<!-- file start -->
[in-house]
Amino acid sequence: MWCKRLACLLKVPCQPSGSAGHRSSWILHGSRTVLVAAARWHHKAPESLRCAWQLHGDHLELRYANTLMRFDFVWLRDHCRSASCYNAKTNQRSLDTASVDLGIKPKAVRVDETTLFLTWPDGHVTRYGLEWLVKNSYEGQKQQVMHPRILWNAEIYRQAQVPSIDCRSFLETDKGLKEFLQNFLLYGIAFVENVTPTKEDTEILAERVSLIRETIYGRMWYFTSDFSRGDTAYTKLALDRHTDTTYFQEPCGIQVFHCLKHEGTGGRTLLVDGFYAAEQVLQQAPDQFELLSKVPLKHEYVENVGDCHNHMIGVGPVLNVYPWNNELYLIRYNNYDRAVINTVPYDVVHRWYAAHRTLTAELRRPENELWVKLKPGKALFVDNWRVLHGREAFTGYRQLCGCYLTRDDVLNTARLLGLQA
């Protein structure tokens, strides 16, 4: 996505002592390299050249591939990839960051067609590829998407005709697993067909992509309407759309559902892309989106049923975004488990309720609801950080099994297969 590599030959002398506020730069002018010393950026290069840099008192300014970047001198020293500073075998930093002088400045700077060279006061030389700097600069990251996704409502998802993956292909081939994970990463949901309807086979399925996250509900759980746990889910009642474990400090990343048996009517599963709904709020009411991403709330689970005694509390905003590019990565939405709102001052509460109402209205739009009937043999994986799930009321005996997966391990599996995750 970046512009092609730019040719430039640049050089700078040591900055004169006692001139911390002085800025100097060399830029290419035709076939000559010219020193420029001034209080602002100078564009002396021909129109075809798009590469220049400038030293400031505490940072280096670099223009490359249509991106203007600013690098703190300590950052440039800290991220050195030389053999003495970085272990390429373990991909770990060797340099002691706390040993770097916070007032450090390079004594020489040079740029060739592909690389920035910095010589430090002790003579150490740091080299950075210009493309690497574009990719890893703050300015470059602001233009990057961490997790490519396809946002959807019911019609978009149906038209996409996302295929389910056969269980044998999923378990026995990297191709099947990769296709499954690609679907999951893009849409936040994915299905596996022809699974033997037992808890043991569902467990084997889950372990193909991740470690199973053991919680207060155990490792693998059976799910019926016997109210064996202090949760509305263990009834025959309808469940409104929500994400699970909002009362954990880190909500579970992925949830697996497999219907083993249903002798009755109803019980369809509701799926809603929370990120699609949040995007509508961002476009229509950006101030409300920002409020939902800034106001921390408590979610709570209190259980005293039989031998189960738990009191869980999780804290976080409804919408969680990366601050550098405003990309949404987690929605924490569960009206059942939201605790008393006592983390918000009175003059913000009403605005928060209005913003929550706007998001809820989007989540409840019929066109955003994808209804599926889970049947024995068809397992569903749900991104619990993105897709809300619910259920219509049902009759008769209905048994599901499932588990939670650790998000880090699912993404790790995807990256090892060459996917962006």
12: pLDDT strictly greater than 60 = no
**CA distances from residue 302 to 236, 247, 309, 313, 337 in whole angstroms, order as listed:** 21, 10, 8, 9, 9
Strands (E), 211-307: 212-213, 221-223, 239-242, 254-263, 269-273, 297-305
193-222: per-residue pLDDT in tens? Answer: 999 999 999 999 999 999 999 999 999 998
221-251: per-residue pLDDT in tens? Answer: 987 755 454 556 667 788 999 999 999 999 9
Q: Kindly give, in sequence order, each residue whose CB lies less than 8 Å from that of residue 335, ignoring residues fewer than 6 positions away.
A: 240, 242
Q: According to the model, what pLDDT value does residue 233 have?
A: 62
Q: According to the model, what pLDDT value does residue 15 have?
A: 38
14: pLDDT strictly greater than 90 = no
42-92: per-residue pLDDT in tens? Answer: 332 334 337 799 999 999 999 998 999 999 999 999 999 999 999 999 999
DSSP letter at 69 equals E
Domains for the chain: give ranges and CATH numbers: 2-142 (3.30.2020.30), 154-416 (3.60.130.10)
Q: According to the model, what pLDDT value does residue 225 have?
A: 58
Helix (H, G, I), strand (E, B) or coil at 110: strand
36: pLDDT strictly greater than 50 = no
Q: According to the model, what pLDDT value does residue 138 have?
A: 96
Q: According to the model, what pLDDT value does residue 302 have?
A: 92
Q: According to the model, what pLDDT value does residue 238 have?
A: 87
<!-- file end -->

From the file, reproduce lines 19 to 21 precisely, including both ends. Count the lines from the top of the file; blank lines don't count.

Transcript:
Q: According to the model, what pLDDT value does residue 225 have?
A: 58
Helix (H, G, I), strand (E, B) or coil at 110: strand